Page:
Style that shows re­spect for the planet is uber- fash­ion­able

Northern Rivers Style - - HOME - TRACEY HORDERN

Aus­tralia’s lead­ing eco-war­rior ar­chi­tect Glenn Mur­cutt once told me that peo­ple would not con­vert to a more sus­tain­able home, just be­cause it’s the right thing to do. He be­lieved, they also had to love, see and feel the ben­e­fits of an eco-friendly home to em­brace healthy choices.

Now there are so many de­sign­ers get­ting on the green bus, that you’d have to try hard not to catch the wave of more con­scious de­sign. Of course, liv­ing in our re­gion, na­ture is al­ways cen­tre stage and most peo­ple ap­pre­ci­ate the beauty and fragility of our en­vi­ron­ment and re­spond with in­formed choices.

The fist place to start at home to cre­ate an eco-friendly en­vi­ron­ment is to au­dit and con­serve the en­ergy you use in your home.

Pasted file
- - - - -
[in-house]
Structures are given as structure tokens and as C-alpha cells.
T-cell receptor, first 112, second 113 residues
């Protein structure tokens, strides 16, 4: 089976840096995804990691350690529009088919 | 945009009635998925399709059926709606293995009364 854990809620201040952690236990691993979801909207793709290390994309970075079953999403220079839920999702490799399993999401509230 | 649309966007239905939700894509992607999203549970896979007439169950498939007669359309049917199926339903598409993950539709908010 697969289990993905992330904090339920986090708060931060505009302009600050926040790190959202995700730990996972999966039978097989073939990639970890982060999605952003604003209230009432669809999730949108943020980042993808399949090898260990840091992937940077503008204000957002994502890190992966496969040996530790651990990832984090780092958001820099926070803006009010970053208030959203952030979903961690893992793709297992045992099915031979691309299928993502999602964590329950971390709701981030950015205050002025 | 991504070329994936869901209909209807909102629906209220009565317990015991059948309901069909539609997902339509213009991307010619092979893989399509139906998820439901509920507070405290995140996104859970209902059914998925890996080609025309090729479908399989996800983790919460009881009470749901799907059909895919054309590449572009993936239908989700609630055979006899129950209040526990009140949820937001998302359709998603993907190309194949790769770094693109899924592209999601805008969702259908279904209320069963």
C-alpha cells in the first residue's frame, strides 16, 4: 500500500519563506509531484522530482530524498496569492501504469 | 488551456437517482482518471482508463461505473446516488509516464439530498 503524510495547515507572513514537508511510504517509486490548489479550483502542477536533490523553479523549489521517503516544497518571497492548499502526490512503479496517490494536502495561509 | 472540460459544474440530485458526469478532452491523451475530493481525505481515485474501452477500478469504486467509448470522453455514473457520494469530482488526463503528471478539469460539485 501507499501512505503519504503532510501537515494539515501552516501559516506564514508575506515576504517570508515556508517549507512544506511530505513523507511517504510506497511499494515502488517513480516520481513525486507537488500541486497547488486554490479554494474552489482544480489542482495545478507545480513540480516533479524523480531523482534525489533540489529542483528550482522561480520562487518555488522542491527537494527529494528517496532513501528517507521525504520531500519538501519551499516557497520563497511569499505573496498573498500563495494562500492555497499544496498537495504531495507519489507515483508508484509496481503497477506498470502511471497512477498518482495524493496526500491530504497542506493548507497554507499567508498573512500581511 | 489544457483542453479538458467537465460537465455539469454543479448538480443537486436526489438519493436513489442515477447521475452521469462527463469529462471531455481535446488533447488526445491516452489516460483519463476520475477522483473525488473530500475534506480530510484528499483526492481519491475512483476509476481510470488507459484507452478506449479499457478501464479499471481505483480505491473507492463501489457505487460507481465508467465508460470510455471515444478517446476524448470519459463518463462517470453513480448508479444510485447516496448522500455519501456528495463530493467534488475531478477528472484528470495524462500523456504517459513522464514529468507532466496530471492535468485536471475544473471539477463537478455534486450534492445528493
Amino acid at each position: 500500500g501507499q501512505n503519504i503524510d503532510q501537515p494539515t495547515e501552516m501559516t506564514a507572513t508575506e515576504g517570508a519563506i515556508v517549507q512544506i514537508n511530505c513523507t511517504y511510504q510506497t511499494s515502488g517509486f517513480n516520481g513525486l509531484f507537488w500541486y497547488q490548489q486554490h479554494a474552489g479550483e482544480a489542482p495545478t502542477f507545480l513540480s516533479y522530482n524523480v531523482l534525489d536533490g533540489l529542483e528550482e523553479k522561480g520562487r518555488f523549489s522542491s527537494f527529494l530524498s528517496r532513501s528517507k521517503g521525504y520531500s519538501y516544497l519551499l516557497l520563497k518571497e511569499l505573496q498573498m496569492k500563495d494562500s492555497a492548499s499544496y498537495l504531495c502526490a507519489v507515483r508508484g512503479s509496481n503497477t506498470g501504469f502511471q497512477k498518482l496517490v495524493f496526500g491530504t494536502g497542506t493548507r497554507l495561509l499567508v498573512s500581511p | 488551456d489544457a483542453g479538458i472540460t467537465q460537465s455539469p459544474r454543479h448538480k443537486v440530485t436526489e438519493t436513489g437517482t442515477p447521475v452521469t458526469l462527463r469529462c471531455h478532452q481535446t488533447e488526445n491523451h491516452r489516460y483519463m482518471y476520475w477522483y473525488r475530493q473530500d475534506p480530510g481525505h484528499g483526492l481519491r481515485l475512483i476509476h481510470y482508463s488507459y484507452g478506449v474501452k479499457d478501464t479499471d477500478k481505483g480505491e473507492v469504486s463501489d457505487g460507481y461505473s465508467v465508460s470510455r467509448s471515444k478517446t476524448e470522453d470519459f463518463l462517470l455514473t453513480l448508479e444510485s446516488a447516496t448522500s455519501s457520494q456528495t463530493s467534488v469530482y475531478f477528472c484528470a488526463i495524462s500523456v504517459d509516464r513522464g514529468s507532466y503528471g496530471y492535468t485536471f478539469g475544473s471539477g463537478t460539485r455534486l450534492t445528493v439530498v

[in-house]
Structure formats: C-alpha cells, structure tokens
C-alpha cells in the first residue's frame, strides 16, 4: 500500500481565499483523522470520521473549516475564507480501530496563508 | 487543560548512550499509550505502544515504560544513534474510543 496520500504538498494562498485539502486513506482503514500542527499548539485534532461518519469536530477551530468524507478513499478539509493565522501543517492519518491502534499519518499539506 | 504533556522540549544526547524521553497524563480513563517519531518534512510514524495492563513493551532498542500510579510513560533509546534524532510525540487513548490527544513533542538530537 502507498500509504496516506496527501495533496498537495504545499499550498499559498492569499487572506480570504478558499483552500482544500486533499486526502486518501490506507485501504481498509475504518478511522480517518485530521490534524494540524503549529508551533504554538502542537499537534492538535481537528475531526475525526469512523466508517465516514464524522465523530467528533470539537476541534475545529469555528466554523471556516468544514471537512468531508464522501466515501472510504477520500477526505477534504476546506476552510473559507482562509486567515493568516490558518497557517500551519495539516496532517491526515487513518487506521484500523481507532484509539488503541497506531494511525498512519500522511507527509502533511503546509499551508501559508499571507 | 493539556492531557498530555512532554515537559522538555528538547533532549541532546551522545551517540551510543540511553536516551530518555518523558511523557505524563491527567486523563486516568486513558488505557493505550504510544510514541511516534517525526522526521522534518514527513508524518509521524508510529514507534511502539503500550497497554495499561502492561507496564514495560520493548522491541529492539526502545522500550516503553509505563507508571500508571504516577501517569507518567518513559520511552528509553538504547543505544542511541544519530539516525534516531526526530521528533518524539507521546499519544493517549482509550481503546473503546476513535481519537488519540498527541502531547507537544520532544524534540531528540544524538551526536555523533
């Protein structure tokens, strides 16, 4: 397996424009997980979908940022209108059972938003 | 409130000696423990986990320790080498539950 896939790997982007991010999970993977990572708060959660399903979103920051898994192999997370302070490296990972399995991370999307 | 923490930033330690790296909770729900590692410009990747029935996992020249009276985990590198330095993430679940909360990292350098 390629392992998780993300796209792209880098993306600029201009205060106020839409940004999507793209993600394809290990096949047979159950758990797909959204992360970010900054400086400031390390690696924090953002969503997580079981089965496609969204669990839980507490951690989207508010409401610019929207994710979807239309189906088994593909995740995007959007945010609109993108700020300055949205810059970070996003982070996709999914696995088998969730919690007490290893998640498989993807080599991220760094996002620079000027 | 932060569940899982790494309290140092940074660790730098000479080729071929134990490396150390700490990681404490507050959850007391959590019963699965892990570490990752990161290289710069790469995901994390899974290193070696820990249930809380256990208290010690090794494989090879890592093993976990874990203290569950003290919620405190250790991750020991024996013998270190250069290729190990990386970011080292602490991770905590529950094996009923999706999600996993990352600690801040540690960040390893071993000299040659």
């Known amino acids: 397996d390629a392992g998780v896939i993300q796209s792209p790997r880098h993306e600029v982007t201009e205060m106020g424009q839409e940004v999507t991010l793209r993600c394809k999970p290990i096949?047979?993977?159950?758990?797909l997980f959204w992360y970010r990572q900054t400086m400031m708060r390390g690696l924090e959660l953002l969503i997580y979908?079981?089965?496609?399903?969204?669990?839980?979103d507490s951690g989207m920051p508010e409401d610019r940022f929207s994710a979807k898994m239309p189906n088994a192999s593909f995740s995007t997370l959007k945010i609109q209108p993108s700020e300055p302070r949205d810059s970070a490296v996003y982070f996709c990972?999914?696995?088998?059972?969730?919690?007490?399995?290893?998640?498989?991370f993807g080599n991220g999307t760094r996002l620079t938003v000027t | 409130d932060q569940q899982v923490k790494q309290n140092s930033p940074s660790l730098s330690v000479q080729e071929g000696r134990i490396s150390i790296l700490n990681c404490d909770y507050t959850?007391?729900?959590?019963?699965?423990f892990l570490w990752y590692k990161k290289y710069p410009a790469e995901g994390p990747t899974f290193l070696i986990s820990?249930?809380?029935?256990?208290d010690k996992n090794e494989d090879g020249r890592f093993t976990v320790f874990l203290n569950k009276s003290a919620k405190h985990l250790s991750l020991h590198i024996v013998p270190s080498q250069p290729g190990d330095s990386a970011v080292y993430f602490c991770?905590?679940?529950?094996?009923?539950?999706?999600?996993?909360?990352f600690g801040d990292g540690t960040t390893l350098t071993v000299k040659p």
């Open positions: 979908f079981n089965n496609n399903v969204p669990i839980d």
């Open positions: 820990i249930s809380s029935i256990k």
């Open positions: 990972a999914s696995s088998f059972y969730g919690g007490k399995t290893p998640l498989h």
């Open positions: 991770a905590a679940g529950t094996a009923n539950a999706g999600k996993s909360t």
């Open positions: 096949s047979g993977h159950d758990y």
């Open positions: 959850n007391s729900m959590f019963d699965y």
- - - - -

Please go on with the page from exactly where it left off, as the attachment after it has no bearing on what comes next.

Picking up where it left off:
There is a stack of in­for­ma­tion out there about how to man­age this, with often com­mon sense ad­vice, such as the cor­rect use of win­dows, win­dow cov­er­ings and doors.

The next step is to choose the least toxic fin­ishes in your home. There’s now low-toxic, volatile or­ganic com­pounds (VOC free) paint avail­able at Eco­colour and Painted Earth, both in Byron Bay.

VOC free paint is safe to use around chem­i­cally sen­si­tive peo­ple, asthma suf­fer­ers, preg­nant women, pets and chil­dren.

Next you would want to choose fur­nish­ings that are at the very least, made of nat­u­ral, healthy ma­te­ri­als and fi­bres.

Clever de­sign­ers such as Band­hini and Uniqwa (both just over the Queens­land bor­der) sell their eco-friendly de­signs to a grow­ing in­ter­na­tional mar­ket. Their suc­cess lies not only in their stun­ning de­signs, but the em­pha­sis in cre­at­ing healthy,

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